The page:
Quote of the week

[Venezuelan President Nicolás Maduro] possesses, however, few of his predecessor’s resources, lacking not just oil revenue but Chávez’s surplus of charisma, humour and political skill. Maduro, unable to end the crisis, has increasingly sided with the privileged classes against the masses; his security forces are regularly dispatched into barrios to repress militants under the guise of fighting crime. Having lost its majority in Congress, the government, fearing it can’t win at the polls the way Chávez did, cancelled gubernatorial elections that had been set for December last year (though they now appear to be on again). Maduro has convened an assembly to write a new constitution, supposedly with the objective of institutionalising the power of social movements, though it is unlikely to lessen the country’s polarisation.

Greg Grandin
London Review of Books
10 August 2007

Slavery is just so last century….

Yesterday we visited beautiful Goree Island, just a 20 minute Ferry ride from Dakar. At the famous old Slave House the curator told the story of the millions of Slaves captured in Africa and sold into Slavery in the so called “first” world over a period of 300 years, making the point that in Western culture a communal place is reserved for the shame that is the Holocaust, but that the same shame is not reserved for Slavery, which was arguably an even worst outrage against humanity.

When Africans talk about Slavery today and suggest that there should be at least a token restitution for the wrongs committed , the response from the Western Governments and from ordinary Westerners is that, yes, Slavery was bad, but really it was long ago so stop going on about it so much and get on with your lives. The message is: you are such losers for going on about something that happened so long ago and you are really just trying to frind excuses for being so stupid and lazy.

This is a shameful rhetorical trick, but Westerners get away with it because Africans do not, in the larger scheme of things, have the political or economic power to force people to confront the absolute disgusting horror of slavery which helped to build up the economies of Western societies, while at the same time helping to devastate Africa.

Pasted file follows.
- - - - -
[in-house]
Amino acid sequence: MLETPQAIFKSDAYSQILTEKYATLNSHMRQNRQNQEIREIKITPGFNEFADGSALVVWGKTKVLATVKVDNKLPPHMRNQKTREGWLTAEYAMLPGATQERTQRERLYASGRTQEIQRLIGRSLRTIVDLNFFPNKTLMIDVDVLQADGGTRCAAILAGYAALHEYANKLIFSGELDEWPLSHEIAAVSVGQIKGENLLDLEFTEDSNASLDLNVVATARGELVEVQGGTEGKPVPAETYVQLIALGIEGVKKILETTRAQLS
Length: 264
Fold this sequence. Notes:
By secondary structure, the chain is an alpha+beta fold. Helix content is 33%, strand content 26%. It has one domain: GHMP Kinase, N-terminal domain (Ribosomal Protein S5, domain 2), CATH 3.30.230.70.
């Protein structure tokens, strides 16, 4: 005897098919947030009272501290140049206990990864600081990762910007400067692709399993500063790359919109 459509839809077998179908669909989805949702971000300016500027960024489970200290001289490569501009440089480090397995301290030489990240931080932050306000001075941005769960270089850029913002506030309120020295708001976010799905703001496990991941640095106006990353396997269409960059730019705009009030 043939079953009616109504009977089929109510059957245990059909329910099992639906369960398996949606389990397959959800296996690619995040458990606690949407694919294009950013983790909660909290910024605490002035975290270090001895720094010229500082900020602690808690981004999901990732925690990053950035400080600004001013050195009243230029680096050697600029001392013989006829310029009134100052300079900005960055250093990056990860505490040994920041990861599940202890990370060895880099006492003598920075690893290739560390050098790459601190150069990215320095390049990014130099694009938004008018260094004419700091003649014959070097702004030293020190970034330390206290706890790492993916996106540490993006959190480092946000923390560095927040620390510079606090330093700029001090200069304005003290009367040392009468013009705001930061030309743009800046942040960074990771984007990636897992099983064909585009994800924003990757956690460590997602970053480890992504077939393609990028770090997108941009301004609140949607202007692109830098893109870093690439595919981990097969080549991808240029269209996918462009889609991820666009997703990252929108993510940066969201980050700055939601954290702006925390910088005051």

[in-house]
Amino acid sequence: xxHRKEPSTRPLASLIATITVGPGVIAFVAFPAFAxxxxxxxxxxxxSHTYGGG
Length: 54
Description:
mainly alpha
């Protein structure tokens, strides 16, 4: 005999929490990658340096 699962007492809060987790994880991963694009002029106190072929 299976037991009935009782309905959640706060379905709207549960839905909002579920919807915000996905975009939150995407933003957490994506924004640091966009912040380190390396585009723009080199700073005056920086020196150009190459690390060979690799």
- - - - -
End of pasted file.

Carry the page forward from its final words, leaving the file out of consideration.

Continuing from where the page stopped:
And of course, unlike the Germans who spectacularly lost the Second World War, the collective West who supported and benefited from Slavery never lost a War. On the contrary, Western culture (such as it might be) an society are truimphant in the world today. Winners never have to apologise except in the most perfunctory way, and can bully the decendants of those they terrorised and murdered into submission and silence.

The Holocaust is (rightly) burnt into our collective conscience because the families and friends of those who were murdered by the Germans had the power and influence to ensure that the losers are demonised in a way fitting their crime. But those with the power to do the same for Slavery are the very descendants who grew rich and complacent on the rivers of blood spilt during Slavery. (I have been listening to a lot of French, so I am into rhetorical overdrive at the moment.)

I do not want to sound like President Mbeki (who has finally and irrevocably lost my vote by firing the Deputy Minister of Health for showing she cared), but inherent racism also make it difficult for even the most bleeding heart liberals to sympathise with the issue of Slavery. While movies about the Holocaust can still become popular (The Piano, Shindlers List), I cannnot imagine a movie that shows the true story of Slavery from the point of view of the Slaves (and not from the point of view of those “noble” whites who wished to free them) would ever win an Oscar and become a Box Office Hit.

The problem is, of course, that like the Israeli government, African states and their leaders may well use and abuse the history of Slavery for own effect. But this does not absolve the West from collective responsibility for the most shameful of acts done in the name of “Western Civilization”.

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